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Is there any way to add class to edited posts in order to style them differently? If there is a way to do that without adding a class, this option would be much better.

EDITED - IGNORE THE ABOVE QUESTION - SEE BELOW

Is there a way to add a check box (meta box) in the area that a user writes an article/post so when this is checked a class will be added on the specific post (in loop and in single post page)? If something like this way is impossible, is there a way to get this done with a custom field? If both are possible I would prefer the first way.

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Just to be clear, can you expand on what you mean by "edited." Your question would be clearer if you included an example of a post that would be styled and a post that wouldn't and how those differ. Since CSS depends on classes and ID to differentiate identical markup, I can't imagine a way to do this without a class (other than an ID). –  mrwweb May 14 '12 at 21:29
    
Lets say I have written a post and made a mistake. So I have edited the post, corrected my mistake and have updated the post. When this is done, I want this specific post to be styled differently in the loop and also in single page (I want to add an icon before the post title). –  Arg Geo May 14 '12 at 21:34
    
That's useful. Do you want this to happen for even trivial updates like adding an errant comma or removing a blank paragraph at the end of the page? –  mrwweb May 14 '12 at 21:35
    
It's not right to do this when adding an errant comma or something like that. Your question helped me a loooot. Can I add a check box in the admin area (where user types the article) so he checks if he wants this to happen? Or if that's impossible, can be done with a custom field? I would prefer the first way. –  Arg Geo May 14 '12 at 21:42

3 Answers 3

up vote 1 down vote accepted

This is very similar to @mrwweb's answer, but a little bit more fleshed out. We're also not going to overload taxonomies in order to get our post class, but do what you wanted initially: use a custom meta box.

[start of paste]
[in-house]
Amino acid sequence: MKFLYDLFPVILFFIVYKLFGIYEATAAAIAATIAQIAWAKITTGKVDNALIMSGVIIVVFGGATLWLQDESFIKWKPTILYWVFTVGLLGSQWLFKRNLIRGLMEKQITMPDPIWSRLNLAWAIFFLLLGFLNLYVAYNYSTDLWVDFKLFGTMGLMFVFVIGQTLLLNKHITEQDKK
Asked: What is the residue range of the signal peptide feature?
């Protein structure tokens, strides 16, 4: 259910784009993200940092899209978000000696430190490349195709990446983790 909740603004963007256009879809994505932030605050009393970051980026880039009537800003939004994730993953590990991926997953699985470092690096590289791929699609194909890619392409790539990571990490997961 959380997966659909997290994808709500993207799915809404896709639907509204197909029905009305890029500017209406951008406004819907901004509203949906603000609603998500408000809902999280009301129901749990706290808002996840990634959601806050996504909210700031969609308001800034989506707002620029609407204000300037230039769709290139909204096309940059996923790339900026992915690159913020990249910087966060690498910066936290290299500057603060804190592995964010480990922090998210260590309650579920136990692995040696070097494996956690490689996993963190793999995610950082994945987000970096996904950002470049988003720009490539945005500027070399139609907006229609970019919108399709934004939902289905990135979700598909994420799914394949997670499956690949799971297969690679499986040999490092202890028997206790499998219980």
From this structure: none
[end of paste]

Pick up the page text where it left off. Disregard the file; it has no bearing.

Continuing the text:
There is a built in template tag called post_class. Like almost every other function in WordPress you can control its output via a filter.

Step one: add the meta box.

This is done via add_meta_box. If you're wondering what the arguments are, you can head on over to the codex -- the docs are very good. The thing to be concerned about is the third argument which specifies a callback function -- the callback is what renders the HTML. To add the meta box we'll hook into add_meta_boxes_post and call add_meta_box.

Here's the whole deal:

<?php
add_action('add_meta_boxes_post', 'wpse52122_meta_box');
/*
 * Adds a meta box on the post editing screen.
 *
 * @uses add_meta_box
 */
function wpse52122_meta_box()
{
    add_meta_box(
        'wpse52122-box',
        __('Add Custom Style', 'wpse52122'),
        'wpse52122_meta_box_cb',
        'post',
        'side',
        'low'
    );
}


/*
 * Callback function for the meta box added above. This is what renders the 
 * boxes HTML.
 *
 * @uses get_post_meta
 */
function wpse52122_meta_box_cb($post)
{
    $meta = get_post_meta($post->ID, '_wpse52122_style', true);
    wp_nonce_field('wpse52122_nonce', 'wpse52122_nonce', false);
    echo '<p>';
    echo '<label for="wpse52122_style">' . __('Edited?', 'wpse52122') . '</label> ';
    echo '<input type="checkbox" name="wpse52122_style" id="wpse52122_style" ' .
         checked($meta, 'on', false) . ' />';
    echo '</p>';
}

Now we need to actually save that stuff when the post is saved. You hook into save_post to do that:

<?php
add_action('save_post', 'wpse52122_save_post');
/*
 * Hooked in `save_post` this is the function that will take care of saving the
 * checkbox rendered above
 *
 * @uses update_post_meta
 * @uses wp_verify_nonce
 * @uses current_user_can
 */
function wpse52122_save_post($post_id)
{
    // no auto save
    if(defined('DOING_AUTOSAVE') && DOING_AUTOSAVE) 
        return;

    // can the current user edit this post?
    if(!current_user_can('edit_post', $post_id))
        return;